Wednesday, 20 June 2007

Best Global Insight Film - Jackson Hole

It's a great honor to win a Cowboy Award for Best Global Insight Film. Thank you Jackson Hole and the Humpty Dumpty Institute - a non profit organisation based in New York that is addressing complex international issues around the world.

It's a great tribute to all who have worked and contributed to Buddha's Lost Children, that the film is seen to be positively contributing to a better understanding between cultures in this increasingly divided world. Thank you.

Saturday, 2 June 2007

Hi there Jackson Hole!

It's wonderful to have the opportunity to screen Buddha's Lost Children at Jackson Hole this year - the only disappointment is that I can't attend! Aside from what I've heard is stunning scenery, I'm going to miss those Q&As and the lively discussions that often follow. The great thing about being able to screen this film in so many places around the world is seeing how it touches people in different ways. These are all good reasons to give this blog a go and encourage you not only to go out and see the film, but respond and react as well.

A little background on the production: the film took 3 years to produce, a good part of that time spent on getting to know Phra Khru Bah Neua Chai Kositto and his unique community. This was essential in order to build the necessary trust to achieve an intimate one-on-one relationship with each of the characters. Filming was spread out over a period of a year in 4 shooting sessions so as to be able to cover some development in the two boys who are the main characters in the film.

As far as the editing process went, the biggest challenge was trying to find the right balance in the film between Khru Bah and the boys. While Khru Bah is a fascinating character with fascinating past, it was important to me that the film not focus on his life story but on his work with the boys - I was looking to capture the way he works, the techniques he uses and concentrate on the transformation of the boys themselves. There lay for me a story with universal relevance. You don't need to be interested in Buddhism or the cultures of South East Asia to get something out of how he's able to give these young boys a basic sense of direction, a set of life skills, and self-confidence born out of being part of a caring, giving community. Using his own special brand of 'tough love', Khru Bah is teaching them in fact, not to think of themselves as victims but take control and be responsible for their own lives. It’s beautiful to watch even the youngest rise to the challenge. In Khru Bah's opinion, the only way to change the world is to change the way we bring up our children.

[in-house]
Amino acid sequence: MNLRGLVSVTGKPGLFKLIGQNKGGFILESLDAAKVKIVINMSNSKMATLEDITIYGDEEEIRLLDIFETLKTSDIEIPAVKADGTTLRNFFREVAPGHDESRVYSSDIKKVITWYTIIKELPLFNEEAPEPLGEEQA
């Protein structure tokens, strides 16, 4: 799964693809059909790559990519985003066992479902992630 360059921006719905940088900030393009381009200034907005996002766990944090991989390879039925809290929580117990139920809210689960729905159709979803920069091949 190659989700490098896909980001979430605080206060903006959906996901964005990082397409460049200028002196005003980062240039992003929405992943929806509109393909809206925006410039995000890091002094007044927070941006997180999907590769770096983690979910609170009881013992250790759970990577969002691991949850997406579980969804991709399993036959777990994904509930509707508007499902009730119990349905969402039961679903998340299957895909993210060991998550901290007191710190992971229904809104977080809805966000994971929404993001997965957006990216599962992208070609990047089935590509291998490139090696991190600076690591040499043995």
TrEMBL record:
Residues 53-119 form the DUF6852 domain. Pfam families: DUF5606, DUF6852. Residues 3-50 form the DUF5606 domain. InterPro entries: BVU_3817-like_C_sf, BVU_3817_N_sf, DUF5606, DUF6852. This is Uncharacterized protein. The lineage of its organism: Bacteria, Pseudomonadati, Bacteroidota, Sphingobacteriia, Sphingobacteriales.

The film was released in September 2006 in the Netherlands, where it has enjoyed a six month theatrical run and much public response. You always hope a film you make will have an impact outside the theater or TV screening and often that is impossible to measure. So it has been particularly rewarding to see how this film has moved so many to do so much. From the outset the intention was to raise funds to support the work at the monastery – and the response so far has been terrific. At the end of June I’ll return with the film’s executive producer, Pim van Collem, to begin preparations for the building of a new temple school. The next project is to look at building a village school outside the monastery to cater for girls as well as boys.
In addition, the film is being used as a catalyst for discussions on all kinds of problems facing young people here in Holland - the same problems facing young people in many other places in the industrialised world.

As far as I'm concerned, this is not a religious film or even a film about religion, it is however intended as an examination of the workings of compassion and the effects that can have on a group of young boys growing up in a marginalized society. For me, Khru Bah's work and example raise important questions on the role of traditional wisdom in a modern materialistic world, on the approach and effectiveness of western aid programs and the value of 'tough love' in bringing up kids... but these are just the ramblings of a filmmaker - let me know what you think!

For more information on the film go to: